Ray Donovan (Sunday, June 26, Showtime), season premiere: After a nasty brush with the Armenian mafia, a failed attempt at NFL ownership, and getting caught between the overacting of Ian McShane and the underacting of Katie Holmes last season, Ray (Liev Schreiber) finds himself at a personal and professional crossroads in Season 4—you know, just like in Seasons 2 and 3. Ray Donovan doesn’t stray from its troubled-Hollywood-fixer-to-the-rich-and-famous formula, but Schreiber—and Jon Voight, and Paula Malcomson, and the show’s uncredited true star, Schreiber’s immaculate facial stubble—are so damned good, it matters not. This season’s secondary subplot to the Donovan family drama involves a human-trafficking ring with ties to a pro boxer. (Dog fighting and spousal abuse are so passé.) But, really, it’s all about “What’s Mickey (Voight) up to in Nevada?”

Roadies (Sunday, June 26, Showtime), series debut: It’s Almost Famous: Backstage! Luke Wilson, Carla Gugino, Imogen Poots and cameo bands galore star in Cameron Crowe’s ode to the hard-knock life behind the rock ’n’ roll fantasy. Unlike HBO’s dark, retro Vinyl, Roadies is set in current times and more comedic (because, Cameron Crowe). Wilson and Gugino play well off one another as longtime road colleagues who are obviously in love, which is part of the problem: This is more rom-com than rock show, while the rock side is rife with music-biz-movie clichés by the semi-truckload. (“It’s about the music, man!” declarations, rock-star eccentricities, fake British accents, old road dogs dispensing tour wisdom, unhinged groupies, rampant band namedropping, the inevitable wheezing Bob Dylan “classic,” etc.) Roadies has nine more episodes to prove itself as more than an unfinished Crowe movie from the ’90s, but the pilot is an underwhelming opening act.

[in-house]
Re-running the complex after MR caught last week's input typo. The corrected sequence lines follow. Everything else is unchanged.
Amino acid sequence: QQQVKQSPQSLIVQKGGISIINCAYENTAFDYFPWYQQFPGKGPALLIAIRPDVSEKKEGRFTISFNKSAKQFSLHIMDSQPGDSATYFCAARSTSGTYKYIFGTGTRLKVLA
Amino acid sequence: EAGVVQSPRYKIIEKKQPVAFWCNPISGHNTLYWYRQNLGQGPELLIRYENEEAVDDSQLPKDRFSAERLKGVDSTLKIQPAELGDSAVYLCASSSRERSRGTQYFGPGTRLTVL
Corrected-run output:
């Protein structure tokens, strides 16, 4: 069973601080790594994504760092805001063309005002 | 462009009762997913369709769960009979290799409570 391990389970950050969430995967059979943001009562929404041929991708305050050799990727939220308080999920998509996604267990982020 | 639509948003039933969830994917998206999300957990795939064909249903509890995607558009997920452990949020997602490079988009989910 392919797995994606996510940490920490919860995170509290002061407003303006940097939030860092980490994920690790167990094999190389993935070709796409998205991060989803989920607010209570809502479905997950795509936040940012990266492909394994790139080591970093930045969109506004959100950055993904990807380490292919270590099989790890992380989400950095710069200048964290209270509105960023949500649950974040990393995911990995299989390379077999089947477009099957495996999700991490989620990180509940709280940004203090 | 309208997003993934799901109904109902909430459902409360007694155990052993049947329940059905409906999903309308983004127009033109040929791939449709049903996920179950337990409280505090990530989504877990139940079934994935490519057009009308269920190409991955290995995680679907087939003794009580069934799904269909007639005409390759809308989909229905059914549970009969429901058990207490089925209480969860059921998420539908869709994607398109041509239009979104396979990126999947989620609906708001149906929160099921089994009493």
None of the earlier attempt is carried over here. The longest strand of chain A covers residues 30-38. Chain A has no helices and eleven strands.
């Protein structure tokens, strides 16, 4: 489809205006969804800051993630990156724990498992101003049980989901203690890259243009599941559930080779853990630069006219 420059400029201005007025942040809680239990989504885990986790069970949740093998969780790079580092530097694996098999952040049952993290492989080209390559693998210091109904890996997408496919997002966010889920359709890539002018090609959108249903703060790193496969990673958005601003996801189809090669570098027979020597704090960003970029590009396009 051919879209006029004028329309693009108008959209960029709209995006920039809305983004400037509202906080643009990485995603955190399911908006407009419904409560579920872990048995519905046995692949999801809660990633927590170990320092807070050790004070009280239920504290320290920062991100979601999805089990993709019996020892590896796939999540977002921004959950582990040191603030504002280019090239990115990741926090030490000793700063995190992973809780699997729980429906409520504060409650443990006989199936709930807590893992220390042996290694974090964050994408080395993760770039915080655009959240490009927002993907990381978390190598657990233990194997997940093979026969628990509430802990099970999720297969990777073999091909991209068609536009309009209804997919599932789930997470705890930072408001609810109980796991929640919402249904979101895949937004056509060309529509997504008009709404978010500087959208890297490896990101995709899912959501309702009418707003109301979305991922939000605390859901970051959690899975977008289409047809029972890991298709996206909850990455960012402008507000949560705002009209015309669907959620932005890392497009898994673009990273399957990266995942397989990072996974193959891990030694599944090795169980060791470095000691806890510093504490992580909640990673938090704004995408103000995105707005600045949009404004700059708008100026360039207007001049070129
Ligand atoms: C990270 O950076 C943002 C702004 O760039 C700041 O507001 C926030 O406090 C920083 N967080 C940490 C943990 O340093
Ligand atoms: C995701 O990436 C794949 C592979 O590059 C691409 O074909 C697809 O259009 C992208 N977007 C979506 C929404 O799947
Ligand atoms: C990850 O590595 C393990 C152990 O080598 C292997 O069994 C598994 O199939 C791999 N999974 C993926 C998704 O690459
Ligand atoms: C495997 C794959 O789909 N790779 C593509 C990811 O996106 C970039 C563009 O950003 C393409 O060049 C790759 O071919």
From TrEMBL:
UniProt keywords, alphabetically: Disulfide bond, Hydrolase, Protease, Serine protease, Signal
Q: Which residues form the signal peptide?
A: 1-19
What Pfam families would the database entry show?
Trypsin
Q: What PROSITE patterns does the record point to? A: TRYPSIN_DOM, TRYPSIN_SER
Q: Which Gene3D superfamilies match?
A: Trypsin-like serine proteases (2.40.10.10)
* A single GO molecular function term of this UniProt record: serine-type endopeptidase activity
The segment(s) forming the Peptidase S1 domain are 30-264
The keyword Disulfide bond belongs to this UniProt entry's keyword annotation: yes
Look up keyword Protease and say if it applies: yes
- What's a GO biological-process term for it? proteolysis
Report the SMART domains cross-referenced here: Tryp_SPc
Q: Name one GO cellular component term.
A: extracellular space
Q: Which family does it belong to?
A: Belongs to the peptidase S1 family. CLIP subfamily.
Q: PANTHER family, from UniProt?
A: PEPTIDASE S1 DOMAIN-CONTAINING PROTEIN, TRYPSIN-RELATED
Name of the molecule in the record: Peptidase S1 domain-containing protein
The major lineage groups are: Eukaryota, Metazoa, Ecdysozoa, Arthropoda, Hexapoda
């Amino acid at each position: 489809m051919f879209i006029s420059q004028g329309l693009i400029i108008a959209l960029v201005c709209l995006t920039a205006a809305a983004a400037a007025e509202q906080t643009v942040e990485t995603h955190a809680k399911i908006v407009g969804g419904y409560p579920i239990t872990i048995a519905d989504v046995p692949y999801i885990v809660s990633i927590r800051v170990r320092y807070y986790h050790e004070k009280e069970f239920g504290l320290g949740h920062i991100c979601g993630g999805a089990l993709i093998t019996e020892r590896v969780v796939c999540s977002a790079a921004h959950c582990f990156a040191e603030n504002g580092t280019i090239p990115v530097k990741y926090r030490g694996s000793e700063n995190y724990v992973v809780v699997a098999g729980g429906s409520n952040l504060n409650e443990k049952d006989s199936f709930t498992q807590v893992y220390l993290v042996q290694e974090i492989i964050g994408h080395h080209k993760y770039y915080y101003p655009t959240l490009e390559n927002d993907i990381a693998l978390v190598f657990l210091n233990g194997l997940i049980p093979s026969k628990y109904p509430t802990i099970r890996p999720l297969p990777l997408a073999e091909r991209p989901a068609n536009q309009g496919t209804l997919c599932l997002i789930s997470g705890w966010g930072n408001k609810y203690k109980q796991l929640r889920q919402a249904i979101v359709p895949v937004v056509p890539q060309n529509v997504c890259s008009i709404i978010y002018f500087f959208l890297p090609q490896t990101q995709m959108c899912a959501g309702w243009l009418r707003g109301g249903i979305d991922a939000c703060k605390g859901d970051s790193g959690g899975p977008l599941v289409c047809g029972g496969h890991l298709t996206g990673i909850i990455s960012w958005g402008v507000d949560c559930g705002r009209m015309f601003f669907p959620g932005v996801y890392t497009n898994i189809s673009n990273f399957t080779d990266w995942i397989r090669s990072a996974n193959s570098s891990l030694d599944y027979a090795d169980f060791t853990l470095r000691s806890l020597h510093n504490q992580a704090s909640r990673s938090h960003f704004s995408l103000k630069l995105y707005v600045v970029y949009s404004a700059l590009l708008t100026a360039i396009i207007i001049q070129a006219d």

Dead of Summer (Tuesday, June 28, Freeform), series debut: Pretty 20-somethings in a 1980 summer-camp slasher flick that's a weekly series! There’s a killer on the loose at Camp Stillwater, and if these kids can't keep it in their pants, they’re all dead ... so, yeah, they’re all pretty much dead. But, Dead of Summer isn’t just a straight-up Friday the 13th riff; there’s a supernatural element as well, with “demons” from characters’ pasts “literally manifesting themselves” (the showrunners’ words, because that’s how showrunners talk). Also, DoS is meant to be a multi-season anthology series, à la American Horror Story, with new characters and time-periods every year, which sets it apart from the rest of Freeform programming in terms of sheer ambition. Or suicidal delusion.